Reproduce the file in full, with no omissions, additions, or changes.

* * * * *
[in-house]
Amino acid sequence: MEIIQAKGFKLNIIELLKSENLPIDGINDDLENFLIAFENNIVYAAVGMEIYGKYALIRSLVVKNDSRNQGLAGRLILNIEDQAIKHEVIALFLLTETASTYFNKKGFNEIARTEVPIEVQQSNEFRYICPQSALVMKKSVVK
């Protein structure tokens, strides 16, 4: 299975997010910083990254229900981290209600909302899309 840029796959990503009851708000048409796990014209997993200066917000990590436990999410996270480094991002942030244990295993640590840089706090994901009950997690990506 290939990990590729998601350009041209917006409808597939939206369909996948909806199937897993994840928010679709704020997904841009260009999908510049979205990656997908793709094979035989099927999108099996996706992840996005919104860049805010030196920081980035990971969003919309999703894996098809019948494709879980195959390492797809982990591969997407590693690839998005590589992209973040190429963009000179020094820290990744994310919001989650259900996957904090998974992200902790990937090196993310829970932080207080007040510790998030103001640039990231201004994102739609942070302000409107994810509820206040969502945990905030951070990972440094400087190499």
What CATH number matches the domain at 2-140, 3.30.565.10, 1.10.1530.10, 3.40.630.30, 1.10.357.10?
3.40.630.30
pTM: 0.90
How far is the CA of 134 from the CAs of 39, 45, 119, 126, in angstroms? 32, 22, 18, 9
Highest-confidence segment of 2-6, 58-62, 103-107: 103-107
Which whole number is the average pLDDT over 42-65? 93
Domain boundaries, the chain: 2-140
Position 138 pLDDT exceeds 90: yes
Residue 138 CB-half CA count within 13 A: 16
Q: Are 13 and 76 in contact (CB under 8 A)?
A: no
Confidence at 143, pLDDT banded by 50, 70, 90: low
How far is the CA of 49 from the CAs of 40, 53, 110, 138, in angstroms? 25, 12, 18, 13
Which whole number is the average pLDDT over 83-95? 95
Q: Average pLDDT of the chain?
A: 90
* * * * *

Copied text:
[in-house]
Amino acid sequence: MEIIQAKGFKLNIIELLKSENLPIDGINDDLENFLIAFENNIVYAAVGMEIYGKYALIRSLVVKNDSRNQGLAGRLILNIEDQAIKHEVIALFLLTETASTYFNKKGFNEIARTEVPIEVQQSNEFRYICPQSALVMKKSVVK
């Protein structure tokens, strides 16, 4: 299975997010910083990254229900981290209600909302899309 840029796959990503009851708000048409796990014209997993200066917000990590436990999410996270480094991002942030244990295993640590840089706090994901009950997690990506 290939990990590729998601350009041209917006409808597939939206369909996948909806199937897993994840928010679709704020997904841009260009999908510049979205990656997908793709094979035989099927999108099996996706992840996005919104860049805010030196920081980035990971969003919309999703894996098809019948494709879980195959390492797809982990591969997407590693690839998005590589992209973040190429963009000179020094820290990744994310919001989650259900996957904090998974992200902790990937090196993310829970932080207080007040510790998030103001640039990231201004994102739609942070302000409107994810509820206040969502945990905030951070990972440094400087190499």
What CATH number matches the domain at 2-140, 3.30.565.10, 1.10.1530.10, 3.40.630.30, 1.10.357.10?
3.40.630.30
pTM: 0.90
How far is the CA of 134 from the CAs of 39, 45, 119, 126, in angstroms? 32, 22, 18, 9
Highest-confidence segment of 2-6, 58-62, 103-107: 103-107
Which whole number is the average pLDDT over 42-65? 93
Domain boundaries, the chain: 2-140
Position 138 pLDDT exceeds 90: yes
Residue 138 CB-half CA count within 13 A: 16
Q: Are 13 and 76 in contact (CB under 8 A)?
A: no
Confidence at 143, pLDDT banded by 50, 70, 90: low
How far is the CA of 49 from the CAs of 40, 53, 110, 138, in angstroms? 25, 12, 18, 13
Which whole number is the average pLDDT over 83-95? 95
Q: Average pLDDT of the chain?
A: 90